Young Workers Say Finding a Job is Still Heavily Based on Personal Connections

November 19th, 2014
in econ_news

from the Federal Reserve

The Federal Reserve Board on Tuesday published a new report, based on its 2013 Survey of Young Workers, that provides insight into numerous labor market topics, including the educational attainment, work experience, and expectations of adults aged 18 to 30.

Follow up:

In the Shadow of the Great Recession: Experiences and Perspectives of Young Workers,takes an in-depth look at the experiences and aspirations of young adults entering the workforce. Despite a changing labor market that is recovering slowly from the recession, many young adults remain optimistic about their job future. The survey found that 45 percent of respondents are optimistic about future employment opportunities compared to 21 percent who are pessimistic and 34 percent who are not sure. Respondents with higher levels of education, work experience, and job opportunities were more likely to be optimistic about their job future than respondents who lack such skills and experiences.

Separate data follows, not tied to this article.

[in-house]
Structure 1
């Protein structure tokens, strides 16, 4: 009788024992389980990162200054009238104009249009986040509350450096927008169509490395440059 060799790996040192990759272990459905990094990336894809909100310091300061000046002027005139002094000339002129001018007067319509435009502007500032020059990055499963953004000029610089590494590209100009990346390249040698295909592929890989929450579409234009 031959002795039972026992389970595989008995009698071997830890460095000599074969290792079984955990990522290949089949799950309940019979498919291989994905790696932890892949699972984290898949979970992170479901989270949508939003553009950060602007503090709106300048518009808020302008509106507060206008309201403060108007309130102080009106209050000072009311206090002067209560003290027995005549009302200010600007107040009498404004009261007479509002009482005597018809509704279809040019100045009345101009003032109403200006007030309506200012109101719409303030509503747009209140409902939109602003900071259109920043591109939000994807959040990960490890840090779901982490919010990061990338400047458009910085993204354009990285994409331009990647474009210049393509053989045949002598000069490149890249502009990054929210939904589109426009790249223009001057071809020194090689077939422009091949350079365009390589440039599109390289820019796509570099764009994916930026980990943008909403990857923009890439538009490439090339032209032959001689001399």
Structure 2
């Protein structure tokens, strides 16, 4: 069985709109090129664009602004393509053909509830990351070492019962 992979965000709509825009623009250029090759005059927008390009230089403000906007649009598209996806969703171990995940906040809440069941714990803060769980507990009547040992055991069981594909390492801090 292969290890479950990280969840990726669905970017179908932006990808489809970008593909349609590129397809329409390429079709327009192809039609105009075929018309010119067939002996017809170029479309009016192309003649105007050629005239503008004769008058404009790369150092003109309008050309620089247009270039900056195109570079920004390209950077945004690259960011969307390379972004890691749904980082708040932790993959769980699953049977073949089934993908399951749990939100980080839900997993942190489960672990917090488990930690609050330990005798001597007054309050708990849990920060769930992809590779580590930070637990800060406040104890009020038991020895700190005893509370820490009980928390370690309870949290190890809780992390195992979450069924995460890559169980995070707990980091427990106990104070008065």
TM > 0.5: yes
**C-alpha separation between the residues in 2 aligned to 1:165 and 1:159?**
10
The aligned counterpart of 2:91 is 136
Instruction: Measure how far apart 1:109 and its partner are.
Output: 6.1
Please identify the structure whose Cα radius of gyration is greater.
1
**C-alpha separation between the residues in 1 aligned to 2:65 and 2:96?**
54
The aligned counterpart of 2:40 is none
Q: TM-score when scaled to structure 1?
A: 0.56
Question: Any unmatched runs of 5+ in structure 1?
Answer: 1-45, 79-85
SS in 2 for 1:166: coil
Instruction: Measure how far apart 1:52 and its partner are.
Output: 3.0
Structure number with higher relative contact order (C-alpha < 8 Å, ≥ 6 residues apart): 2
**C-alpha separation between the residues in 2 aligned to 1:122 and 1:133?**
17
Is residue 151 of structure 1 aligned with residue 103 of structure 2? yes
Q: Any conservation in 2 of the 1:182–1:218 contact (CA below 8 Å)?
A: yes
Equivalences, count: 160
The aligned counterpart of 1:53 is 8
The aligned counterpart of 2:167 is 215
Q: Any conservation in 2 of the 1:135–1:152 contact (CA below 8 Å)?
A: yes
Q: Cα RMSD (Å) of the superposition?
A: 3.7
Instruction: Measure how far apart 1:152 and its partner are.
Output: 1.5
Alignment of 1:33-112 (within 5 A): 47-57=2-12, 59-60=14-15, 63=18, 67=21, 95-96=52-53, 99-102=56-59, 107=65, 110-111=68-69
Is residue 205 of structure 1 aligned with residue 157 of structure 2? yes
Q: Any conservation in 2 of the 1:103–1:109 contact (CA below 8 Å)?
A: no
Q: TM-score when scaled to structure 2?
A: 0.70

The survey results show that young workers are responding to the labor market's increasing demand for postsecondary credentials and degrees. Thirty-seven percent of the respondents reported that they have the level of education and training needed for the type of job they would like to hold in the next five years. The respondents' confidence in their education increased with each level of attainment. In addition, nearly one-third of the total respondents are currently enrolled in an education or training program. Nonstudents who are interested in additional education named financial considerations as their top barriers to enrollment.

Despite the importance of education and work experience, intangibles still play a role in the labor market. According to the survey results, finding a job is still heavily based on personal connections. Respondents identified personal networks as a primary source in their job search process.

The survey found that young workers value job stability. When given the choice, respondents generally preferred steady employment (67 percent) to higher pay (30 percent). Jobs that are permanent and full-time are associated with "careers" and upward mobility, while opportunities associated with part-time and temporary work are less clear.

[read the entire report by clickin on image below]


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